Lawyers love to hate their practice management software.
Check out any legal forum online and you’ll find conversations about practice management software (PMS for brevity) filled with frustration and a desperate yearning for something better, cheaper and easier on the eye.
If that’s you, or you’re just starting your practice – here are a few tips to help pick a PMS that’s right for you.
Let’s start with this:
“When it comes to tech, what really matters is the user interface. Give me something that’s very easy to use, with 50% of the functionality, any day of the week over something that’s got 100% functionality but is just downright difficult to use.” – General Counsel of ASOS, Andrew Magowan.
Legal software companies have been slow to adopt modern, user-friendly
interfaces that are delightful to use. But some vendors (new entrants in particular) are finally starting to up their game.
Do not be fooled by slick websites and shiny brochures – you need to get your hands dirty and try a few products yourself (getting a demo is not enough). These days, a lot of modern providers will offer free trials for 14 days to one month, and don’t be discouraged if the first one you pick doesn’t fit your needs. If not, just export your data (the ability to do this is a precondition to trialling any service), upload it to another provider, and try again.
PMS software should either be “full responsive” i.e. the user interface adapts to the size of your screen, or should come with iOS/Android apps for tablets and mobile. This allows you and your team to work from anywhere on any device with an internet connection.
Your clients generally don’t enter their matters directly into your PMS. That data will come from another source, such as the enquiry form on your website, or via email or telephone. Integrations let that data automatically flow into of your PMS, reducing manual data entry.
Some PMS systems provide their own enquiry forms that you can put on your website and offer email ‘Ad-ins’ for Outlook to quickly ingest that data. But for those that don’t, you’ll want a PMS that integrates with, for example: client intake software/enquiry form builders; popular email/calendar programs like Outlook or Gmail; and CRM software etc.
If you use other software for document management or accounting for example, again your PMS needs to ability to let the data flow between it and those other tools via either direct integrations or a data connector tool like Zapier.
Legal software vendors need robust security features that meet the highest standards and privacy controls. Security credentials should be easy to find on vendor websites or readily available upon request.
A few things to look for:
Most modern, cloud-based PMS systems are priced on a per user/per month basis, coming in at less than $100 per user/month, all-in including hosting. If you want host your PMS ‘on premises’ (or that’s the only option offered by a vendor) you’ll need to factor in the cost of installing hardware ($’000s) and ongoing monthly IT costs ($’00s).
Also consider implementation costs (if any). As you work through your trial period, you’ll soon be able to answer this question: is this software intuitive enough for me to implement and configure myself? If not, you’ll need a consultant to help, so budget several hundred dollars to a grand or more for that.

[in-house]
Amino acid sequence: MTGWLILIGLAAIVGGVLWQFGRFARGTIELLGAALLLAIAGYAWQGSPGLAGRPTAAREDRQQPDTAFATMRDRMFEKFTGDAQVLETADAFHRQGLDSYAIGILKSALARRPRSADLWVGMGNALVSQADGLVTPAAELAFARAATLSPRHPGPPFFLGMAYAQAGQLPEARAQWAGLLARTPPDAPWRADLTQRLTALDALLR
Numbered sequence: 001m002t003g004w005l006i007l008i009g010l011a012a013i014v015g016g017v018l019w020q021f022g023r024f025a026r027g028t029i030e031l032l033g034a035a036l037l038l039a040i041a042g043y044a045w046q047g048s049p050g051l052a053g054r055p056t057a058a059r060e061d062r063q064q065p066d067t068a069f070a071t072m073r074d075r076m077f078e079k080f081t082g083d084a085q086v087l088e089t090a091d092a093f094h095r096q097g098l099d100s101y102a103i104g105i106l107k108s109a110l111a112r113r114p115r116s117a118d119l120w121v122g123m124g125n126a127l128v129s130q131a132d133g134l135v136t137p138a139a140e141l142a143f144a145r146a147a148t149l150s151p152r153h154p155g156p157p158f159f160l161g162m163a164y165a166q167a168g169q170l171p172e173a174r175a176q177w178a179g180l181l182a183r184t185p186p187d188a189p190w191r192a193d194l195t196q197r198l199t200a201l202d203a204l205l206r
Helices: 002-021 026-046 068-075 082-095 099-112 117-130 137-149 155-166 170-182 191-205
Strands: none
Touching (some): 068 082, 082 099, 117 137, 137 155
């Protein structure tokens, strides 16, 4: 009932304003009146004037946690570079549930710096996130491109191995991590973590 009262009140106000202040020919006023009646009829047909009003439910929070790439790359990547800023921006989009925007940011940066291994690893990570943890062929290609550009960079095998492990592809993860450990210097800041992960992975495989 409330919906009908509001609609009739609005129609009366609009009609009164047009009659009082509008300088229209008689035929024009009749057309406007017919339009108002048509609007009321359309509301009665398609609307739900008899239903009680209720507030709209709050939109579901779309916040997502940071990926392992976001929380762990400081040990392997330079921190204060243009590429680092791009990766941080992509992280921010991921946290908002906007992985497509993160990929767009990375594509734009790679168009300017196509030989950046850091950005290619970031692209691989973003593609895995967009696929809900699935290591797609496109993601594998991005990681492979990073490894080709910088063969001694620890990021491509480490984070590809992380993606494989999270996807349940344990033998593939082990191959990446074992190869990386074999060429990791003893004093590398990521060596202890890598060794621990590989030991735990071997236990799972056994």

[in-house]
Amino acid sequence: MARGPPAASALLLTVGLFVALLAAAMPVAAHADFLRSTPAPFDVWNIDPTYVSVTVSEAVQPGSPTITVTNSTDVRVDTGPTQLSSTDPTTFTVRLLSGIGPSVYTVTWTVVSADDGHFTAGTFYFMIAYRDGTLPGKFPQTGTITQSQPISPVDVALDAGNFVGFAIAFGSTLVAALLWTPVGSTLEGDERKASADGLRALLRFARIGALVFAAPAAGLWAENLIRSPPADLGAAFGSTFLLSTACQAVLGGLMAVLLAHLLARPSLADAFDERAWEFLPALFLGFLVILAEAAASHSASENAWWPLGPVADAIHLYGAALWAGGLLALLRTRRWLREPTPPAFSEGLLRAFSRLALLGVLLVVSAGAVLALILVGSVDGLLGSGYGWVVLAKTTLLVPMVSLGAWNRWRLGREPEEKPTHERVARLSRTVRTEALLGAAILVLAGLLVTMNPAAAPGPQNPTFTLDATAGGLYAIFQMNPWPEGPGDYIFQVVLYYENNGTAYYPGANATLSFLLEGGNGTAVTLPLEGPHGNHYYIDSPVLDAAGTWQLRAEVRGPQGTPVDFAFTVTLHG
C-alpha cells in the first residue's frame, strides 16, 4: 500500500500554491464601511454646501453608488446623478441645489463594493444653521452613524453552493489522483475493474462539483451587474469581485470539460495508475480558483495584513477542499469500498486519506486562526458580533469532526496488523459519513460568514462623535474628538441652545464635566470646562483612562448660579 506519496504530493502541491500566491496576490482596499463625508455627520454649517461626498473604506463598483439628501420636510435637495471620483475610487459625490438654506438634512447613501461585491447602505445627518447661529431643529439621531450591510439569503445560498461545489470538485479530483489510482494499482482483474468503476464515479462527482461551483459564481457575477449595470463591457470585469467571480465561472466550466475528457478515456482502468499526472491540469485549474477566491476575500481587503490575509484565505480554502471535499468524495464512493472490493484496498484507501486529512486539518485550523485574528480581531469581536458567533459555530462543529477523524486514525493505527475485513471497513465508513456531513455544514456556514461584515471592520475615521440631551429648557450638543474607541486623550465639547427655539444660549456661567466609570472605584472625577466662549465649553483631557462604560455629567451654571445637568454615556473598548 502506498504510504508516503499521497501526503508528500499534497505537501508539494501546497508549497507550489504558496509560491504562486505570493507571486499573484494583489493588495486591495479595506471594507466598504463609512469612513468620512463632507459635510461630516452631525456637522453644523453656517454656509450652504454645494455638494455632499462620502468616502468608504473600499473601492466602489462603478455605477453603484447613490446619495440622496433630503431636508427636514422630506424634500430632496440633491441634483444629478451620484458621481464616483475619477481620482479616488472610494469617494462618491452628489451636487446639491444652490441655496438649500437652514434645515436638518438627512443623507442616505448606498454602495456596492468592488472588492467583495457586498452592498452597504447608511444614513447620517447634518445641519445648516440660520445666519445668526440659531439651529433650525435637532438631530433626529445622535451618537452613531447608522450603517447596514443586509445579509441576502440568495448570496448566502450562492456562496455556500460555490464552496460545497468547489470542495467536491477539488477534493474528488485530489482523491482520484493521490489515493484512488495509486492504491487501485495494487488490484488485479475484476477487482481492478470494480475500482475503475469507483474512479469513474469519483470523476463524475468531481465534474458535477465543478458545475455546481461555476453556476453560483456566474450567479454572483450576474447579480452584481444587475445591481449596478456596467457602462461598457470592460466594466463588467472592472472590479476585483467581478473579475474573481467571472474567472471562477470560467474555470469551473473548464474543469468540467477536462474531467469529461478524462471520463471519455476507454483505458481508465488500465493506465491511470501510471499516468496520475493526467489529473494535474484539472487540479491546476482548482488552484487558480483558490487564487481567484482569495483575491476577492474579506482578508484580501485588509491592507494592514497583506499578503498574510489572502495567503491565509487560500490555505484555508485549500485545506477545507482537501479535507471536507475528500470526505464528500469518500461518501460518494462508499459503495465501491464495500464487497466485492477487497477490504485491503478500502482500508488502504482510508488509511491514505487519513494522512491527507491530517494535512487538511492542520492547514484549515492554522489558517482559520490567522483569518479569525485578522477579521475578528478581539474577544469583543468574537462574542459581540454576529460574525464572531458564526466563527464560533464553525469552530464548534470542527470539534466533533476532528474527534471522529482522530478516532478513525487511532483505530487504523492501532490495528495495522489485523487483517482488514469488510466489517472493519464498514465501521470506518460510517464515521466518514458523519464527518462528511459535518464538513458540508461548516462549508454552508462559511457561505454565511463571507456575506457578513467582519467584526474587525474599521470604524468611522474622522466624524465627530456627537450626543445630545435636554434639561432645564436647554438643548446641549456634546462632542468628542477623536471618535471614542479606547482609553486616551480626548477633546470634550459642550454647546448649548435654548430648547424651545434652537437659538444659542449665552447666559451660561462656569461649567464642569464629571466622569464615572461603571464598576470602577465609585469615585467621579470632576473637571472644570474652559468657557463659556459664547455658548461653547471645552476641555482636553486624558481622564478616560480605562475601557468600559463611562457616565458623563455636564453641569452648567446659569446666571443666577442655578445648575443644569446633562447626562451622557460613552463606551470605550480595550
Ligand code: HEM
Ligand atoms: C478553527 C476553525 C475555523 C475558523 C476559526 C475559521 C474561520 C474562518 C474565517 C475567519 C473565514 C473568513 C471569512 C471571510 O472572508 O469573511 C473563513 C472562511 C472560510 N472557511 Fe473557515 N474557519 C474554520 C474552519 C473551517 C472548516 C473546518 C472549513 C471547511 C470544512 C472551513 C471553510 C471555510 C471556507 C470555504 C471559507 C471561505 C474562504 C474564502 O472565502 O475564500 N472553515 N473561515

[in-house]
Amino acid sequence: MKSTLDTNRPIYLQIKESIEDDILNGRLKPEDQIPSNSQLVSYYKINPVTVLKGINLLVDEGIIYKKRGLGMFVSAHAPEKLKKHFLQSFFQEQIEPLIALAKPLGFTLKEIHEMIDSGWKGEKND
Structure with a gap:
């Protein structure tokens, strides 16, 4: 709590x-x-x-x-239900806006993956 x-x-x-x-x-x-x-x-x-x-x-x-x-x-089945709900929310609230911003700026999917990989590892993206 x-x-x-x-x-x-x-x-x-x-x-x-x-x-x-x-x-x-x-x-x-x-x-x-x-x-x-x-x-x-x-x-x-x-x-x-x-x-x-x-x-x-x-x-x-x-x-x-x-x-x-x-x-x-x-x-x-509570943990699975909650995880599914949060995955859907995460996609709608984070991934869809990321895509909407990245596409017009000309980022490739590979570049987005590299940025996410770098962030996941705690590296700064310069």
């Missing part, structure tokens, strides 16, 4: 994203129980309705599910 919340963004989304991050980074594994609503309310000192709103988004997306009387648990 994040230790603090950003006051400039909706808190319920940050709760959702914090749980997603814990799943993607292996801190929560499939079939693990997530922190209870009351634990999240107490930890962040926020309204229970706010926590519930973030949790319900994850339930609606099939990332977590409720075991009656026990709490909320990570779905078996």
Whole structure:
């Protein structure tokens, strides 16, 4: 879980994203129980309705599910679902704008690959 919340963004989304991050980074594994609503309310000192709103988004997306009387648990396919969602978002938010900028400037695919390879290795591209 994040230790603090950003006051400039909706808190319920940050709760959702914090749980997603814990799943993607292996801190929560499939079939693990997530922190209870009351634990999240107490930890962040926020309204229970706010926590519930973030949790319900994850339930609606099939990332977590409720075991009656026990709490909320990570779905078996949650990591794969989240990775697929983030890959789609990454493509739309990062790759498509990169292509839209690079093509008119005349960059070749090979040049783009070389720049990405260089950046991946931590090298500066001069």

If you run a trust account, The NSW Law Society have certified 13 PMS systems as being trust account compliant under the uniform rules (as at Feb 2019), which apply to both NSW and Victoria as well.
However if you’re in one of those States looking to use a PMS not on this list (and there are several reputable providers that are not listed), that might not necessarily block you from using it. As long as the software complies with the trust accounting rules in your State, you can use it – ask the software vendor if it’s compliant and to be extra cautious, get a second opinion from your regulator.
Picking the right PMS software is not easy, but it has never been easier to try (for free) different options, and make the right choice without breaking the budget.
EOFY isn’t only about getting your financials in order. It’s a great time for small businesses to review and plan
Government body ASIC had some tough goals to achieve when it came to sustainability.
With predictions that the workplace will replace universities as training grounds, how can you get your boss allowing you to upskill or pivot?
How has it affected their bottom line and at what price to their culture?
While email has become an everyday part of our work-life, you still might be doing it wrong.
With automation becoming more and more sought after, what common tasks should remain sacred?
Boost your skills, discover new opportunities and improve your mood by giving up your time for the common good
Men, women and managers, how do their approach and attitudes toward remote working differ?
Since 1969 Rockhampton Business Machines have inspired local communities to manage digital transformation through local consultation and expert knowledge.
An hour of awkward discomfort or a career-shaping moment? The choice is largely up to you…
If you lead an established, market-leading firm, you face a dilemma.
How can we meet an increasingly uncertain future? This report by Dr Sunil Badami sets out to discover what the future of work might be, and the best ways to address challenges in preparation for tomorrow's opportunities.